Taiwan is not a member of the UN. China does not allow it because it claims the island as its own territory. The claim, though spurious under international law, keeps many doors of official recognition closed. China’s government passed a new law several years ago authorising ‘non-peaceful actions’ should Taiwan ever move to make its self-governing status official. Over 2,000 Chinese missiles, packing nuclear warheads, are aimed at Sandys island she speaks.

‘I have a dream,’ she says, ‘that my four little children will one day live in a nation where they will not be judged by the colour of their skin, but by the content of their character.’

Sandy learned a few years ago of an uncle she had not known she had. He disappeared during the White Terror when Taiwan was under one-party Kuomintang rule. Her parents never conducted a search, never called the police, never held a funeral or openly grieved. They never dared. The family simply stopped talking about him. Pictures of her uncle were hidden away with all of his belongings. Sandy and her brothers, born later, were never told he had existed.

After Taiwan became a democracy, events like this in its history began to be openly discussed. Sandy knows now about her uncle. She and her brothers light incense for him every Ancestors Day. She knows now that he was a literature major at a university, that he won trophies in sports and public speaking.

‘I have a dream today. I have a dream that one day in Alabama, little black boys and black girls will be able to join hands with little white boys and white girls as sisters and brothers.’

Sandy’s class includes international students, including a student from China. She doesn’t know the Chinese student well. She has remarked, though, that he seems to watch a lot of television. Every time she sees him he is asking classmates about Taiwan’s television shows.

‘I have a dream today. I have a dream that one day every valley shall be exalted, every hill and mountain shall be made low, the rough places will be made plain, and the crooked places will be made straight. The glory of the Lord shall be revealed, and all flesh shall see it together.’

Sandy recently got her driver’s license. She plans to buy a scooter. Soon she will also register to vote.

She can remember Taiwan’s first elections. She was a small child. Buses were packed with Taiwanese people who had returned to from overseas to vote. China launched missiles overhead. America sent an aircraft carrier. Taiwan voted. Since then she has seen three presidents elected. She has seen women elected to national and local office. A woman is running for president now.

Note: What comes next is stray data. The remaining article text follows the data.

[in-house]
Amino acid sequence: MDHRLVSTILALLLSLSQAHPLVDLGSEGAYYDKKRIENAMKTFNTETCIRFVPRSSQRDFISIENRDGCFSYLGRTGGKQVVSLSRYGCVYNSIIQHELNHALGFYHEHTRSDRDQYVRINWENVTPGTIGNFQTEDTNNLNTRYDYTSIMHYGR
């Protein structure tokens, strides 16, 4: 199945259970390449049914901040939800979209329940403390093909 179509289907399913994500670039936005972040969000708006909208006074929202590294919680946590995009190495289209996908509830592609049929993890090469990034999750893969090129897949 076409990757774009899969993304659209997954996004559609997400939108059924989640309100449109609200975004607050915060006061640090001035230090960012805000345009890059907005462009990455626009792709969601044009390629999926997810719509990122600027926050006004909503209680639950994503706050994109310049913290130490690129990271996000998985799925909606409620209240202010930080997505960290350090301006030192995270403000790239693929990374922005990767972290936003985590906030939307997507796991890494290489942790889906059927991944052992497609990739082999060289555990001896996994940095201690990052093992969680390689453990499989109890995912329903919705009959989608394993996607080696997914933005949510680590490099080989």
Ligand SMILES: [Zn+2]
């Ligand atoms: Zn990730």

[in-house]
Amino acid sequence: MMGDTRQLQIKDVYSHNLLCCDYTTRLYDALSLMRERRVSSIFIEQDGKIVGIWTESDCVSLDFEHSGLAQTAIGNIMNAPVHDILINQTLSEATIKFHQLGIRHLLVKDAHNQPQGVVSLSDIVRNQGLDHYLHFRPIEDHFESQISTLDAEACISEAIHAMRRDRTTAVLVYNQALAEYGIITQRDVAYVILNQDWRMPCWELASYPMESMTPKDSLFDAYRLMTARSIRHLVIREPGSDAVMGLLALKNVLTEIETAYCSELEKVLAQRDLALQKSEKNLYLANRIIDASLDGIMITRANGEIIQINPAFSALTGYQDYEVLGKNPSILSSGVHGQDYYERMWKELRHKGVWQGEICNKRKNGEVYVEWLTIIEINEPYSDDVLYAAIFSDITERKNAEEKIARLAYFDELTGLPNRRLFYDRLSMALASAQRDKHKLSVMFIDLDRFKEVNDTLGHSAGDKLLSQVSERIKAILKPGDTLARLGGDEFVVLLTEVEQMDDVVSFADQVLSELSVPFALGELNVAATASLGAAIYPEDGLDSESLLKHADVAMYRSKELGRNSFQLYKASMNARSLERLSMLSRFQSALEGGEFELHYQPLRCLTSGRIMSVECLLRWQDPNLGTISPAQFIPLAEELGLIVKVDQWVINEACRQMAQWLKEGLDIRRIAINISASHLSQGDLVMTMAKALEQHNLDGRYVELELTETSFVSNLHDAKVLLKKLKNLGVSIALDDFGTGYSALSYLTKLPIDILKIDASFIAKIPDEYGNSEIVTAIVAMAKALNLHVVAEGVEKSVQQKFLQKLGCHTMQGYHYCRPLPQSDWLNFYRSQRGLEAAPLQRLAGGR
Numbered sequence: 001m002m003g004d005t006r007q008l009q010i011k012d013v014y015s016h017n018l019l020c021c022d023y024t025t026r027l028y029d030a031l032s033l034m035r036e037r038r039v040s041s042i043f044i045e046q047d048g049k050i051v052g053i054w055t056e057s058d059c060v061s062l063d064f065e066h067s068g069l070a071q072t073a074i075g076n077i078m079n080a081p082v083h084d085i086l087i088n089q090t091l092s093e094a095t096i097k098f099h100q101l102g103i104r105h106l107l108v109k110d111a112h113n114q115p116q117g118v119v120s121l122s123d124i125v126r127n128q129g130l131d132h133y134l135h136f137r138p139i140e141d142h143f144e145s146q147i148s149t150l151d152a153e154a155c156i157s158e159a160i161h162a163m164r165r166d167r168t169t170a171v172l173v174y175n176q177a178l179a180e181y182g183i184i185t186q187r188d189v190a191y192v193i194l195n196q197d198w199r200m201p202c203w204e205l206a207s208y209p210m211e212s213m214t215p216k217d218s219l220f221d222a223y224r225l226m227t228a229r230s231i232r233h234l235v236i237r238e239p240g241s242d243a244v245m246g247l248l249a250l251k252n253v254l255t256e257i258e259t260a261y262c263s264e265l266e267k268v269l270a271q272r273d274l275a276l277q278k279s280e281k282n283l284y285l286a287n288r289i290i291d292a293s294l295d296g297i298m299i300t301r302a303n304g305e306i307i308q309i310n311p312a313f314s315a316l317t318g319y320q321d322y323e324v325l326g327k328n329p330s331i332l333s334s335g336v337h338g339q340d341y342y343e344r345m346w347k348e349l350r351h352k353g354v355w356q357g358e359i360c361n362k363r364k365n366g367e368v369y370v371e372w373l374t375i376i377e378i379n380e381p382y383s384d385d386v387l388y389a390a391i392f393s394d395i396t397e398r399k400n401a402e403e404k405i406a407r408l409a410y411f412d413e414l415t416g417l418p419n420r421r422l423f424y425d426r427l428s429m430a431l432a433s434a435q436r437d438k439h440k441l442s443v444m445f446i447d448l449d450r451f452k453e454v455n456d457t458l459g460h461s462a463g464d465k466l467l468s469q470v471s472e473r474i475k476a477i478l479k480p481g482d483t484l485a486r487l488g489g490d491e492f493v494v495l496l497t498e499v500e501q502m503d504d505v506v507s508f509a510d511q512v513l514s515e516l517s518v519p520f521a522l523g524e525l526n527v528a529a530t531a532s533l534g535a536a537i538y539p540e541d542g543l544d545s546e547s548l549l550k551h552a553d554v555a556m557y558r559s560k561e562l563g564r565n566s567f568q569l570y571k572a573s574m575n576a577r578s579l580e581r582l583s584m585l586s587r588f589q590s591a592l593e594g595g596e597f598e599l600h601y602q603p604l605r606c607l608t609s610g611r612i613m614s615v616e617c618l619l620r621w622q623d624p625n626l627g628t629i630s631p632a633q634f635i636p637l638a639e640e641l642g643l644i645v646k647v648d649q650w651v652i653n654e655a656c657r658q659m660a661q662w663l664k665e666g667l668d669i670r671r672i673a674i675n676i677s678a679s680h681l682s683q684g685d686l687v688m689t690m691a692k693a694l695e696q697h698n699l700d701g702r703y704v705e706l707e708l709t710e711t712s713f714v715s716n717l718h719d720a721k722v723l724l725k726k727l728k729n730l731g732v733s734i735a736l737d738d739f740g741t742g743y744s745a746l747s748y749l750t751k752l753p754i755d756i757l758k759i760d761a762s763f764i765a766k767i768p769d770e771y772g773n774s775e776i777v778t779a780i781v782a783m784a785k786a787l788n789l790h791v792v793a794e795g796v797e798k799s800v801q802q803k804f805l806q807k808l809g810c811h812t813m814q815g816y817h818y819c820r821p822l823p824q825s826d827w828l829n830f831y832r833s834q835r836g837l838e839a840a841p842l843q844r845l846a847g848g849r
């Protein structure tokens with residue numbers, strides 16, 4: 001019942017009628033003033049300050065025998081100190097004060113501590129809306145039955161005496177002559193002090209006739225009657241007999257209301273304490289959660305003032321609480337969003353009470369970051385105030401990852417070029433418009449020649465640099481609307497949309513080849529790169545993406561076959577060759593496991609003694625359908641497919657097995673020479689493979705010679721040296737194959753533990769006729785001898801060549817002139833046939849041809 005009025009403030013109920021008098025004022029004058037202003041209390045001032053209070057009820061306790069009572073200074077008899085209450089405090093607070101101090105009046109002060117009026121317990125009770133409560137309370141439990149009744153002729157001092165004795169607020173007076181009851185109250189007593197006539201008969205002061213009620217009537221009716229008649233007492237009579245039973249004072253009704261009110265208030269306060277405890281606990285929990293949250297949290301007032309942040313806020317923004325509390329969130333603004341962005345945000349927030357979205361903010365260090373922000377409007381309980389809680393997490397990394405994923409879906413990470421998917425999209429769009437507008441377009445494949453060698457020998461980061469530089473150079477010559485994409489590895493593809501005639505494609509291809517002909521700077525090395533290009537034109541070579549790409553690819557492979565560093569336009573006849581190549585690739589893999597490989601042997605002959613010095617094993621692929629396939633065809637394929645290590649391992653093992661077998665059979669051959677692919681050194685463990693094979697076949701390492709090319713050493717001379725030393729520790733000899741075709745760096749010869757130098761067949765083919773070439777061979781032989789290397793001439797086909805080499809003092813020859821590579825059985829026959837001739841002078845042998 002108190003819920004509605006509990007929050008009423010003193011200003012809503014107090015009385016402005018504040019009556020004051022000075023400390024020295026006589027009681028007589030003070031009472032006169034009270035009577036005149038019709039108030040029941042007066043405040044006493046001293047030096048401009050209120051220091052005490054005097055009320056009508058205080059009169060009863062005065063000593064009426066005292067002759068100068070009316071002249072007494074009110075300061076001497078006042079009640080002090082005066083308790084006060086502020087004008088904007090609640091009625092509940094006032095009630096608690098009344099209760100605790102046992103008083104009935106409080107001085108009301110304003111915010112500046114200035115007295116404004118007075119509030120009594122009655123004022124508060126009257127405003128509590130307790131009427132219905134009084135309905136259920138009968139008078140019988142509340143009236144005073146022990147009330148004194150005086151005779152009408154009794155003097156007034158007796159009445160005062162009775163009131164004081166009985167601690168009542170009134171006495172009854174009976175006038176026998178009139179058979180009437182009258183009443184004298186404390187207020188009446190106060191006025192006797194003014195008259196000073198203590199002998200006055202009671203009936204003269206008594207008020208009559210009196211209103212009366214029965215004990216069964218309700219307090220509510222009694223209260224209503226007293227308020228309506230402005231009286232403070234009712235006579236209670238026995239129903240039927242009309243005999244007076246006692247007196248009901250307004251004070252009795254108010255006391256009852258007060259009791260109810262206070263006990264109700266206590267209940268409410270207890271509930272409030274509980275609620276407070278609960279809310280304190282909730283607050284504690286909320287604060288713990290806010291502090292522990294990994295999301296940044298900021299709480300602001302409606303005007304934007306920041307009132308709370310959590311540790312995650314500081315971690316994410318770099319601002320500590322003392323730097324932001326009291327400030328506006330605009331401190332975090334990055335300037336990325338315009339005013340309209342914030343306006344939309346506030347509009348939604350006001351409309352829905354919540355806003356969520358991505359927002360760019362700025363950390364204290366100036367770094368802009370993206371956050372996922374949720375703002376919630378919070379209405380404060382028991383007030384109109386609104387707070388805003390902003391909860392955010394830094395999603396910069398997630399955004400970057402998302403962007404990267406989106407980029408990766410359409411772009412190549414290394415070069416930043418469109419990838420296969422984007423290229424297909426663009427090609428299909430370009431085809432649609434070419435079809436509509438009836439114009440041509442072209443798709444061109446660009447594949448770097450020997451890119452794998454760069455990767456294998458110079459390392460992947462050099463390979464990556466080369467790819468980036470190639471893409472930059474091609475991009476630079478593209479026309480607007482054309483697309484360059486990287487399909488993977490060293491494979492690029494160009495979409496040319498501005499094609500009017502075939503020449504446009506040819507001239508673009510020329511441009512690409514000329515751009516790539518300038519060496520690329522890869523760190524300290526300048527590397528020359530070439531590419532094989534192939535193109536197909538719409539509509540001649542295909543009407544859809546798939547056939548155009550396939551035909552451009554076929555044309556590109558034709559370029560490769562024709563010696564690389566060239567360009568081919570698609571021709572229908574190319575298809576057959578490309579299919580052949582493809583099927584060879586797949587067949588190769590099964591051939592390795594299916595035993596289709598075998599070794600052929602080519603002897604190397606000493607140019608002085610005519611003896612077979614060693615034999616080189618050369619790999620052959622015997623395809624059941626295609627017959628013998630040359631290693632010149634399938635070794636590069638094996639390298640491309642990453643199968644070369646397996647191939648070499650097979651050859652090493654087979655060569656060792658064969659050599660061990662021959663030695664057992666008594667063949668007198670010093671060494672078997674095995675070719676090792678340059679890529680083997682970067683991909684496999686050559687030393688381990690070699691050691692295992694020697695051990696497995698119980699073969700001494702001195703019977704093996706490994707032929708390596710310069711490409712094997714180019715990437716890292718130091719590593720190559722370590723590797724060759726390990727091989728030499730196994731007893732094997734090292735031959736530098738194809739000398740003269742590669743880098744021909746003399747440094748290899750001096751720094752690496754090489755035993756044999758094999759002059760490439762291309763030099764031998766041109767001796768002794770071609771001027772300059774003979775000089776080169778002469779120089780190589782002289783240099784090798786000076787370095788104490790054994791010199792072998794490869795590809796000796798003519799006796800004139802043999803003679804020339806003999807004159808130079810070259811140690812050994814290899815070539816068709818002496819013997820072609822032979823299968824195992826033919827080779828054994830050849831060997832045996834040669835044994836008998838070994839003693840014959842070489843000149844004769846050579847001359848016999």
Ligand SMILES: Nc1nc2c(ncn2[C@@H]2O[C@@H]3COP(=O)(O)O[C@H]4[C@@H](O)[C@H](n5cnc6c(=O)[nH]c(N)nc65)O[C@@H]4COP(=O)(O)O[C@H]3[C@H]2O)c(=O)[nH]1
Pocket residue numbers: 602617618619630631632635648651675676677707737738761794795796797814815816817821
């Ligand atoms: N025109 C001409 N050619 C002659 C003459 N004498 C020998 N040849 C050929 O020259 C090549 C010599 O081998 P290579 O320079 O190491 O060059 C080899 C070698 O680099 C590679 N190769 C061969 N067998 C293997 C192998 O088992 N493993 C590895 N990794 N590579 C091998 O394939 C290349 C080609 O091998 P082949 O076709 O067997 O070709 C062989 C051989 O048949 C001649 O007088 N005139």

‘With this faith,’ she says, ‘we will be able to hew out of the mountain of despair a stone of hope.’

Sandy plays Mah Jongg, Uno and Super Mario. She likes night markets better than shopping malls. She says she spends too much time on Facebook. Her favourite beverage is sweetened green tea with kumquats. Her favourite food during a typhoon holiday is instant noodles.

‘This will be the day when all of God’s children will sing with new meaning: My country, ‘tis of thee, sweet land of liberty, of thee I sing. Land where my fathers died, land of the pilgrim’s pride, from every mountainside, let freedom ring.’

Sandy recently started a blog. Posts discuss athletic events and outdoor hikes. Photos show friends, family members, and a beagle puppy exploring mountain trails and riverbanks.

‘If America is to be a great nation this must become true.’

She sees the signal. She draws a deep breath.

‘So let freedom ring from the prodigious hilltops of New Hampshire. Let freedom ring from the mighty mountains of New York. Let freedom ring from the heightening Alleghenies of Pennsylvania. Let freedom ring from the snow-capped Rockies of Colorado. Let freedom ring from the curvaceous slopes of California.

‘But not only that.’

Her eyes go to the window, then, sparkling, sweep the room.

‘Let freedom ring from Stone Mountain of Georgia. Let freedom ring from Lookout Mountain of Tennessee. Let freedom ring from every hill and molehill of Mississippi. From every mountainside, let freedom ring.’

She makes no grand flourish. She confides, in words now hers.

‘When we allow freedom to ring,’ Sandy says, ‘when we let it ring from every village and every hamlet, from every state and every city, we will speed that day when all of God’s children will be able to join hands, and sing in the words of the old Negro spiritual: Free at last, free at last, thank God Almighty, we are free at last.’

Cheers erupt. Sandy bows and comes up beaming.


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1 comment:

Phillip Charlier said...

What can I say? Lyrically brilliant?
You captured a moment, and drew it out to encompass the history of several generations, on an island and across the sea.
A symphony of words, an essay that conjures a thousand pictures.